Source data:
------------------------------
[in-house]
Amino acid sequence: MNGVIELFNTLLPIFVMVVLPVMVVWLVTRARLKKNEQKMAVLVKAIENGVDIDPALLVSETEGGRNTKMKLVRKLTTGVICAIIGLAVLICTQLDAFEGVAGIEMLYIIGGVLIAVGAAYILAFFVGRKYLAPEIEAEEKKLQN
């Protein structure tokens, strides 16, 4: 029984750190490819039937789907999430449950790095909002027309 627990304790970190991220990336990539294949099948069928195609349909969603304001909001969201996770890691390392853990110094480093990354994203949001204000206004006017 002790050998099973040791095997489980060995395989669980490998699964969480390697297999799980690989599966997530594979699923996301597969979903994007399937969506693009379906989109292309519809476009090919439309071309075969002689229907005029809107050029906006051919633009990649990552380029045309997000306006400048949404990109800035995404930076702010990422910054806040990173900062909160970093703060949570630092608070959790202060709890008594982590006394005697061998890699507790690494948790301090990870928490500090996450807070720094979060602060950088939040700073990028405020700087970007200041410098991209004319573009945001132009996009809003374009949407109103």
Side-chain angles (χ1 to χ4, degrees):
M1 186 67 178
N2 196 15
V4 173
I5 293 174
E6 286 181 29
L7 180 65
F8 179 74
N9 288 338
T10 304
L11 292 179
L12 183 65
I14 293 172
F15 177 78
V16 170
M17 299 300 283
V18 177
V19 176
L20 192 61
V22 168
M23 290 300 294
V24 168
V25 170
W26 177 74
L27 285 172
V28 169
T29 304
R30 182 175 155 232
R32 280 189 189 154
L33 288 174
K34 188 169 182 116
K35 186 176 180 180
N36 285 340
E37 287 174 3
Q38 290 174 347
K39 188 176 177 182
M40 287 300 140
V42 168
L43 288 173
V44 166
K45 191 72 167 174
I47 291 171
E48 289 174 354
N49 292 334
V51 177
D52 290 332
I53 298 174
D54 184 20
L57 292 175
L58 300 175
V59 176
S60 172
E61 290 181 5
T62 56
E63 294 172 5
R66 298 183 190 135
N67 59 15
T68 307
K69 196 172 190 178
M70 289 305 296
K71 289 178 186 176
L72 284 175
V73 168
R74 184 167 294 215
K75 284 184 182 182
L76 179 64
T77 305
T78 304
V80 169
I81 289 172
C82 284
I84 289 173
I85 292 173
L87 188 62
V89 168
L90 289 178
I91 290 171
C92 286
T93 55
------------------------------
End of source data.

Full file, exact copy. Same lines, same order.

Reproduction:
[in-house]
Amino acid sequence: MNGVIELFNTLLPIFVMVVLPVMVVWLVTRARLKKNEQKMAVLVKAIENGVDIDPALLVSETEGGRNTKMKLVRKLTTGVICAIIGLAVLICTQLDAFEGVAGIEMLYIIGGVLIAVGAAYILAFFVGRKYLAPEIEAEEKKLQN
């Protein structure tokens, strides 16, 4: 029984750190490819039937789907999430449950790095909002027309 627990304790970190991220990336990539294949099948069928195609349909969603304001909001969201996770890691390392853990110094480093990354994203949001204000206004006017 002790050998099973040791095997489980060995395989669980490998699964969480390697297999799980690989599966997530594979699923996301597969979903994007399937969506693009379906989109292309519809476009090919439309071309075969002689229907005029809107050029906006051919633009990649990552380029045309997000306006400048949404990109800035995404930076702010990422910054806040990173900062909160970093703060949570630092608070959790202060709890008594982590006394005697061998890699507790690494948790301090990870928490500090996450807070720094979060602060950088939040700073990028405020700087970007200041410098991209004319573009945001132009996009809003374009949407109103």
Side-chain angles (χ1 to χ4, degrees):
M1 186 67 178
N2 196 15
V4 173
I5 293 174
E6 286 181 29
L7 180 65
F8 179 74
N9 288 338
T10 304
L11 292 179
L12 183 65
I14 293 172
F15 177 78
V16 170
M17 299 300 283
V18 177
V19 176
L20 192 61
V22 168
M23 290 300 294
V24 168
V25 170
W26 177 74
L27 285 172
V28 169
T29 304
R30 182 175 155 232
R32 280 189 189 154
L33 288 174
K34 188 169 182 116
K35 186 176 180 180
N36 285 340
E37 287 174 3
Q38 290 174 347
K39 188 176 177 182
M40 287 300 140
V42 168
L43 288 173
V44 166
K45 191 72 167 174
I47 291 171
E48 289 174 354
N49 292 334
V51 177
D52 290 332
I53 298 174
D54 184 20
L57 292 175
L58 300 175
V59 176
S60 172
E61 290 181 5
T62 56
E63 294 172 5
R66 298 183 190 135
N67 59 15
T68 307
K69 196 172 190 178
M70 289 305 296
K71 289 178 186 176
L72 284 175
V73 168
R74 184 167 294 215
K75 284 184 182 182
L76 179 64
T77 305
T78 304
V80 169
I81 289 172
C82 284
I84 289 173
I85 292 173
L87 188 62
V89 168
L90 289 178
I91 290 171
C92 286
T93 55